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Facts about nursing malpractice in California

On Behalf of | Sep 19, 2022 | Medication Errors

Nurses play a vital role in the healthcare system; they’re often the frontline caregivers who have direct contact with patients. As such, nurses are also at risk of committing medical errors that could result in patient harm and medical malpractice claims.

What kind of errors put nurses at risk for medical malpractice?

One of the most common errors that leads to nursing malpractice claims against nurses is failure to properly monitor a patient’s condition. This can include failing to check vital signs regularly, not adequately monitoring a patient post-operative, or not paying attention to changes in a patient’s symptoms.

Another common error is administering the wrong medication or dosage. This can happen if a nurse is rushed or distracted, if there are mix-ups with medical records, or if the nurse is not properly trained in administering medications. Last but not least, errors can also occur when nurses fail to properly clean or sterilize medical equipment. This can lead to patient infection and other serious complications.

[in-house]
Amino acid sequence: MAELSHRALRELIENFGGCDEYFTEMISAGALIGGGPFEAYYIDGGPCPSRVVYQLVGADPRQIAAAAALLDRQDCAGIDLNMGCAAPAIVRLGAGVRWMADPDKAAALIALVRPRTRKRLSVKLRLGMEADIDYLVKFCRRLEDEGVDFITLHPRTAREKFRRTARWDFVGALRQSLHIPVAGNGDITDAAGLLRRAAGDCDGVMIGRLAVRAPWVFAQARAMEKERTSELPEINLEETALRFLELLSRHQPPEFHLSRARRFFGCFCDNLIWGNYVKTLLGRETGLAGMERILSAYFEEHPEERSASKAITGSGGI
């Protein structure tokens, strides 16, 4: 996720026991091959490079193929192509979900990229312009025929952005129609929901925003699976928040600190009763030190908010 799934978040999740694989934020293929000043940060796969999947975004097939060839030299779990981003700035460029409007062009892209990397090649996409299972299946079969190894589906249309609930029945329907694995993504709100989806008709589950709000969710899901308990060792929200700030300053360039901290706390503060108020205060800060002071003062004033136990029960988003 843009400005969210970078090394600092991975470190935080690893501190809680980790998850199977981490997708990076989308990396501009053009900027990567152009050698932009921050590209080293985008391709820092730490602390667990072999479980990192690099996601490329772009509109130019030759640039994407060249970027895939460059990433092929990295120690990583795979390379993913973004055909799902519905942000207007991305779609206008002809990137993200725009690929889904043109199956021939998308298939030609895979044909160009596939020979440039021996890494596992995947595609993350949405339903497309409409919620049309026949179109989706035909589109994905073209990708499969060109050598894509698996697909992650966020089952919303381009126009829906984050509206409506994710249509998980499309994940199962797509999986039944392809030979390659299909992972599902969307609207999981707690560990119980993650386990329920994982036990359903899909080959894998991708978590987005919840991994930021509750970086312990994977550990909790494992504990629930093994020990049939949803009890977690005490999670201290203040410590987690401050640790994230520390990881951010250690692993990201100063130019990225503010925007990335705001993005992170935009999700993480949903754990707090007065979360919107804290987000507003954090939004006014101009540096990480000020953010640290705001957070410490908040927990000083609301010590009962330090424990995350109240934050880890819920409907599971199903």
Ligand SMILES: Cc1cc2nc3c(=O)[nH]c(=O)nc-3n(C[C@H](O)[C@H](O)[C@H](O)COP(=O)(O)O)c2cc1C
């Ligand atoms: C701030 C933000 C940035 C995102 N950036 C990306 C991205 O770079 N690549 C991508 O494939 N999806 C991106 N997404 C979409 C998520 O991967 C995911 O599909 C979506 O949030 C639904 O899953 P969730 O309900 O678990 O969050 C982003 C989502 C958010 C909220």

Why do these errors occur?

There are a number of factors that can contribute to medical errors by nurses, one of which is fatigue. Nurses often work long hours, with shift work and overtime becoming more and more common. This can lead to nurses feeling tired and rundown, which can in turn lead to medical malpractice.

Secondly, the medical system itself can be chaotic and hectic, with patients coming in and out all the time. This can make it difficult for nurses to keep track of everything, leading to potential mistakes. Finally, there may be times when a nurse is simply not properly trained or doesn’t have enough experience to handle a particular situation.

If you or a loved one has been harmed due to what you believe to be medical malpractice by a nurse, it’s important to take action. The first step is to seek medical attention if necessary. Once you’re stable, you may want to report the incident to the nurse’s supervisor or the hospital where it occurred. You can also contact your state’s Board of Nursing to file a complaint.